Forbes Gushes About Georgia

Forbes recently published an article titled Why Georgia (the Country) Belongs on Your Travel Wish List, by regular luxury travel contributor Ann Abel. She spent nine days in the country as a guest of the Georgian National Tourism Administration.

Abel writes about her time in Tbilisi, Sighnaghi, Borjomi, and Kazbegi. She calls Georgian food “superb. And wildly abundant,” and professes love for tonis puri (bread baked in a traditional tone oven) and cucumber-tomato salad. She raves about Tbilisi’s café and cocktail bar culture, and recounts a pleasant “stroll through the trendy neighborhood of Plekhanov, with its old-style houses, its lively Agmashenbeli avenue and the multifunctional Fabrika.”

While Abel clearly had a wonderful experience in Georgia, and saw the country’s appeal and strengths, the article did have several errors. She writes, “The word for a Georgian meal is supra, which is best translated as ‘feast.’” Supra does, in fact, translate to a feast, but it is not the word for a Georgian meal – a supra is a type of meal. In Georgian, the word used for meal is most often sachmeli, which simply means food. She also includes a photo of the Golden Tulip Hotel in Borjomi, which is a stunningly beautiful building, but does not reflect the architectural traditions of Georgia or the Borjomi region as it was originally built in 1892 by the consul of Iran to Russia, Mirza-Reza Khan and called “Firouze.” It was a vacation home for the consul, which included spa elements, and is now considered one of Georgia’s most unique cultural monuments of the 19th century. Golden Tulip is now decorated in a clean, modern mixture of Persian, European and Georgian styles.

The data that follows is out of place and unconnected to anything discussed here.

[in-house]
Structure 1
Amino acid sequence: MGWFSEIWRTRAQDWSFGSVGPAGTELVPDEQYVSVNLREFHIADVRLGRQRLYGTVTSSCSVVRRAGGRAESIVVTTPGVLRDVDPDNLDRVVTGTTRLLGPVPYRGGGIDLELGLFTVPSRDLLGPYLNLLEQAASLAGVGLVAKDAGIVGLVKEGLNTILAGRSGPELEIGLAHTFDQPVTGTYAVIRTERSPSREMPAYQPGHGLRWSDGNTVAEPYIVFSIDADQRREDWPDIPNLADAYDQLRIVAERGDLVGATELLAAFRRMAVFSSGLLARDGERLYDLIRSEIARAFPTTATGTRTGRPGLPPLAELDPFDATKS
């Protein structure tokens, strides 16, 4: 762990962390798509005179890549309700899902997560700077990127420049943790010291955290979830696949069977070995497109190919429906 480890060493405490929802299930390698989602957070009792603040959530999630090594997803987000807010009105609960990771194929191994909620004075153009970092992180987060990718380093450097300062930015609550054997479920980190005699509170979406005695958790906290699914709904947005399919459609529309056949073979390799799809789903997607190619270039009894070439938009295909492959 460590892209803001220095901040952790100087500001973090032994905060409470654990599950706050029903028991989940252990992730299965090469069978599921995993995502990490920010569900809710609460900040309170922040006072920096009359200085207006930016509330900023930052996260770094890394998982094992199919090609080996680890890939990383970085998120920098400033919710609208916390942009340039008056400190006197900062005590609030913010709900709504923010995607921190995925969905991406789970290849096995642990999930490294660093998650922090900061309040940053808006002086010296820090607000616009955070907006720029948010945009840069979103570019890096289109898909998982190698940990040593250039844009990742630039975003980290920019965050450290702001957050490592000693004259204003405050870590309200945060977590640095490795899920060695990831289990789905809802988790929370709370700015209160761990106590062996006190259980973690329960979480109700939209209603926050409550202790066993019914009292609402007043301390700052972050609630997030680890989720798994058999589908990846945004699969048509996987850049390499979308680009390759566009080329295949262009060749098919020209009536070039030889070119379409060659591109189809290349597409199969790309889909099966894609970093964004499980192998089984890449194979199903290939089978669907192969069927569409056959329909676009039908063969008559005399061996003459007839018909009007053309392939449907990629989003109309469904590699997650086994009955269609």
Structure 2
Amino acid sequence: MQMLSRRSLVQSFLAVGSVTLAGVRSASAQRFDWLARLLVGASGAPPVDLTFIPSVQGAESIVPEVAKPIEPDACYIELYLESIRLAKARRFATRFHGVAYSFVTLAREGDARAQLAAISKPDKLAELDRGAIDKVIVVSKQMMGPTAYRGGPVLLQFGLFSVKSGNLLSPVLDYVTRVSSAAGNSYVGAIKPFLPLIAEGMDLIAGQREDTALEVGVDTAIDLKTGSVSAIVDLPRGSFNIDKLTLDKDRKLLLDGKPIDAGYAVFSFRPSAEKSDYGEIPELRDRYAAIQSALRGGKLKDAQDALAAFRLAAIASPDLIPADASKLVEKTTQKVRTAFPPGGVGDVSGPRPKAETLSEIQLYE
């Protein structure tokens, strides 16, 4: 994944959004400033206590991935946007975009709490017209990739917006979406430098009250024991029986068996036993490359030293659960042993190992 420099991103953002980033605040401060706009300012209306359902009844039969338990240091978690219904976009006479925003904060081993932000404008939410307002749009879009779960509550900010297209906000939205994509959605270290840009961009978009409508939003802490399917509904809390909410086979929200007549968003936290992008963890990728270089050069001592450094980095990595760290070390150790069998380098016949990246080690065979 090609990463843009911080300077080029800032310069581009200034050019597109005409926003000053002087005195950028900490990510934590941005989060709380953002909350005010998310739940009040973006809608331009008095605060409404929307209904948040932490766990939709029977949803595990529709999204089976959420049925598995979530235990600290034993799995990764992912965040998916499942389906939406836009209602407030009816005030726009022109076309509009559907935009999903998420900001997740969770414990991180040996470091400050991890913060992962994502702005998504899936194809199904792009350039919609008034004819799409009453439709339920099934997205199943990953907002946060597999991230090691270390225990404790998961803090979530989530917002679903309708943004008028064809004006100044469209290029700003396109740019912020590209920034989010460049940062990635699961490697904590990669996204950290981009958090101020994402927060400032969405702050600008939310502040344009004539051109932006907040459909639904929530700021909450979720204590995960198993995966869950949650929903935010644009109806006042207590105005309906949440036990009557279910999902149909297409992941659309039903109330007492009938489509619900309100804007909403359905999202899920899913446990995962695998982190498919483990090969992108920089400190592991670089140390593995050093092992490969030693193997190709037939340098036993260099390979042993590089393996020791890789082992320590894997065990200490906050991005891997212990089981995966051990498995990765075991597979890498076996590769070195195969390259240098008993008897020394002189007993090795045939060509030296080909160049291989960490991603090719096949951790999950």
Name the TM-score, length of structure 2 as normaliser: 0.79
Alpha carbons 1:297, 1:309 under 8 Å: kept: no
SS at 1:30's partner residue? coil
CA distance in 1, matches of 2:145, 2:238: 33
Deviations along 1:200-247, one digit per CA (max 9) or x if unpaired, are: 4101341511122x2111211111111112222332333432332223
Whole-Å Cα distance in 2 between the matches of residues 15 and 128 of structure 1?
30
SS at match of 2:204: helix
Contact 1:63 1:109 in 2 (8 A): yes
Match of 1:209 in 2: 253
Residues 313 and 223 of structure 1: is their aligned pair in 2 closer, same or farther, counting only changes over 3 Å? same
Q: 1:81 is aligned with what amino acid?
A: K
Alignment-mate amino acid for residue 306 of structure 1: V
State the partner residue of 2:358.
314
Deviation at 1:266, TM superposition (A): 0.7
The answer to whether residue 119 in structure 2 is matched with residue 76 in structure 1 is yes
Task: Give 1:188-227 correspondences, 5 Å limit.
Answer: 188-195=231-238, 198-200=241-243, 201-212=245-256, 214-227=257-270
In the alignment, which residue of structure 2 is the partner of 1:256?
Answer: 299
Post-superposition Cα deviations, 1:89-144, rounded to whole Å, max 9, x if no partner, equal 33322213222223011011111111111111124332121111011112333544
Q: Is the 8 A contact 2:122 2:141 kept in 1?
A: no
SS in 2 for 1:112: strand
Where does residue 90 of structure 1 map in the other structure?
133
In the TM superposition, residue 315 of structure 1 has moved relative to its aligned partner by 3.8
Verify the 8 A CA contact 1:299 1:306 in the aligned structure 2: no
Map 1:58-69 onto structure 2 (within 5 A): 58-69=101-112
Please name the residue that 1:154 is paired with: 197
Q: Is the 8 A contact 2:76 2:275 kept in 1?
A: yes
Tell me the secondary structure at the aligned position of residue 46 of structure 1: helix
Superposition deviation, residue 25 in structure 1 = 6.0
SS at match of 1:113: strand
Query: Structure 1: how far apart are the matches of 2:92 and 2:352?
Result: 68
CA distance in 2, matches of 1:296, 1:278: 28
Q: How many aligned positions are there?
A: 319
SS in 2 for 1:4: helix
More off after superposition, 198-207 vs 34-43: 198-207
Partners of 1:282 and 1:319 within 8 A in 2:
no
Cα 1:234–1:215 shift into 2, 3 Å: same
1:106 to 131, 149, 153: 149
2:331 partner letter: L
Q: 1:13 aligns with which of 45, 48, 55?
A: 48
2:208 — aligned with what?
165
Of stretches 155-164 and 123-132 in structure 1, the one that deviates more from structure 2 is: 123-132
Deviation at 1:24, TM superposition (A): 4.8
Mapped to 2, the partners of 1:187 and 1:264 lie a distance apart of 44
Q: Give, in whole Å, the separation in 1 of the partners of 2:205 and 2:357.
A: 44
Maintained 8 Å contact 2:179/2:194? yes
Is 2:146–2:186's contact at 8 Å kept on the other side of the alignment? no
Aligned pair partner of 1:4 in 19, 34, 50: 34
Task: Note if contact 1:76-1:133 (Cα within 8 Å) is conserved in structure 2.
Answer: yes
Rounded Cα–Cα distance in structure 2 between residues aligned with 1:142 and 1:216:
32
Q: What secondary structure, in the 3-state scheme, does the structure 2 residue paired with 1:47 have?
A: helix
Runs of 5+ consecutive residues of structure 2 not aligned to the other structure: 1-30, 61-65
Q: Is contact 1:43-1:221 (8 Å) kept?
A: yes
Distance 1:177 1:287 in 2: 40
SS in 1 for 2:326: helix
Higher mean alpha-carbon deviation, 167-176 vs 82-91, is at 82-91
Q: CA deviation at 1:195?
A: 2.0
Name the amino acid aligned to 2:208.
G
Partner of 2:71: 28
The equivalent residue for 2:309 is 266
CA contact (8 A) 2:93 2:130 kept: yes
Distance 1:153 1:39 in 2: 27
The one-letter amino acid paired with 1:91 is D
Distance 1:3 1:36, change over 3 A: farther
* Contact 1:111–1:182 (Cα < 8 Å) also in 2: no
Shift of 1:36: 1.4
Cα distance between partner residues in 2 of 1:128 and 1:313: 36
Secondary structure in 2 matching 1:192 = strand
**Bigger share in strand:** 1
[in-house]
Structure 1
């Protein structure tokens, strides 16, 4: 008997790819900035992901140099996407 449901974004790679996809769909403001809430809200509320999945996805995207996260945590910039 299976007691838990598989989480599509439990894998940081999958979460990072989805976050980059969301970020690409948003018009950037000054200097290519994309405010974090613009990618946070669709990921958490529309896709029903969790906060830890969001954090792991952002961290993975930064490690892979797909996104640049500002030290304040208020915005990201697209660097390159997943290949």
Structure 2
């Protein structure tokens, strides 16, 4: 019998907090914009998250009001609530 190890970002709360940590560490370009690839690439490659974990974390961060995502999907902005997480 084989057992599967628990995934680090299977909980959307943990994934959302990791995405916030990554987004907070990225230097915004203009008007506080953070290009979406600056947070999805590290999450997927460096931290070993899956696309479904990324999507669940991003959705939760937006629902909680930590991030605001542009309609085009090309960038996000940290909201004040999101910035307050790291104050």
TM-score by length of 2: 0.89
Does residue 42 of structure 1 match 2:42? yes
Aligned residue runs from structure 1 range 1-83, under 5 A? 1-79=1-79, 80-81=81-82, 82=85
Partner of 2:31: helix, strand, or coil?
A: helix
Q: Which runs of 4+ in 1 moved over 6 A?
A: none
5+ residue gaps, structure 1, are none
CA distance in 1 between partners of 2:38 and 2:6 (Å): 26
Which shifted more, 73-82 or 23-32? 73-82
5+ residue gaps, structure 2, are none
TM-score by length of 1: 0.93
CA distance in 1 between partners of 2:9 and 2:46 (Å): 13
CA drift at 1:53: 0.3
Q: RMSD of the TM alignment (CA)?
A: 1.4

Abel marvels at Georgia’s long tradition of winemaking, saying there is “evidence of viniculture stretching back more than 7,000 years” – 8,000 years to be exact, as reported by the BBC.

About the capital, she writes, “It is one of the few cities left in the world that feels like absolutely nowhere else. I saw one Wendy’s and one Dunkin' Donuts, but that was it for globalization.” Abel clearly stayed only on the path laid for her by the tourism administration – Georgia is home to no less than 18 Dunkin Donut shops (15 in Tbilisi), and the largest Wendy’s in the world is in Saburtalo near Heroes’ Square! It seems she also missed the McDonalds, Domino’s Pizza, and KFC – plus Starbucks plans to finally make its entrance to the market soon. She calls Dry Bridge “the massive Saturday flea market” although its vendors operate daily.

While those unfamiliar with Georgia or the post-soviet space in general may benefit from seeing Georgia for the first time through a narrow, guarded, lens, the reality of the country is much more complex, gritty, multifaceted, and better than what a week hitting the prepacked tourist highlights will expose


By Samantha Guthrie

Photo: Ann Abel

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02 July 2018 19:15